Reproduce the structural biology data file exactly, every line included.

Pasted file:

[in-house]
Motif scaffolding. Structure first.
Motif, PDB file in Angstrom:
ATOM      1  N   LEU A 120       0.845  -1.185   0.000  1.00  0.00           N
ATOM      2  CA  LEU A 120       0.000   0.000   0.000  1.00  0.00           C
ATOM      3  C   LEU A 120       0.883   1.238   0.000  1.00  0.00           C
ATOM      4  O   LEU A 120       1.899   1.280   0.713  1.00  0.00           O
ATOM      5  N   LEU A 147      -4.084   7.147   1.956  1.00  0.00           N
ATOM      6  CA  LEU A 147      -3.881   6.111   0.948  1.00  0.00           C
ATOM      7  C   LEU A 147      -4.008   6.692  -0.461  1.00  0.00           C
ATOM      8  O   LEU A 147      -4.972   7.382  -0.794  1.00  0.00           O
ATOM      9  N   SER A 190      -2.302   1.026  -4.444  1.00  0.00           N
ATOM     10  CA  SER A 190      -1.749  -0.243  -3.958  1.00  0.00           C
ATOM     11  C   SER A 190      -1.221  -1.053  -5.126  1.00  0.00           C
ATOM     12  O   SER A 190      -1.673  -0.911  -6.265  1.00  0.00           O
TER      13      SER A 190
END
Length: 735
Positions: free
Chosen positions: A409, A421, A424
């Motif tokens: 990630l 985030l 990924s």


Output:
[in-house]
Motif scaffolding. Structure first.
Motif, PDB file in Angstrom:
ATOM      1  N   LEU A 120       0.845  -1.185   0.000  1.00  0.00           N
ATOM      2  CA  LEU A 120       0.000   0.000   0.000  1.00  0.00           C
ATOM      3  C   LEU A 120       0.883   1.238   0.000  1.00  0.00           C
ATOM      4  O   LEU A 120       1.899   1.280   0.713  1.00  0.00           O
ATOM      5  N   LEU A 147      -4.084   7.147   1.956  1.00  0.00           N
ATOM      6  CA  LEU A 147      -3.881   6.111   0.948  1.00  0.00           C
ATOM      7  C   LEU A 147      -4.008   6.692  -0.461  1.00  0.00           C
ATOM      8  O   LEU A 147      -4.972   7.382  -0.794  1.00  0.00           O
ATOM      9  N   SER A 190      -2.302   1.026  -4.444  1.00  0.00           N
ATOM     10  CA  SER A 190      -1.749  -0.243  -3.958  1.00  0.00           C
ATOM     11  C   SER A 190      -1.221  -1.053  -5.126  1.00  0.00           C
ATOM     12  O   SER A 190      -1.673  -0.911  -6.265  1.00  0.00           O
TER      13      SER A 190
END
Length: 735
Positions: free
Chosen positions: A409, A421, A424
């Motif tokens: 990630l 985030l 990924s």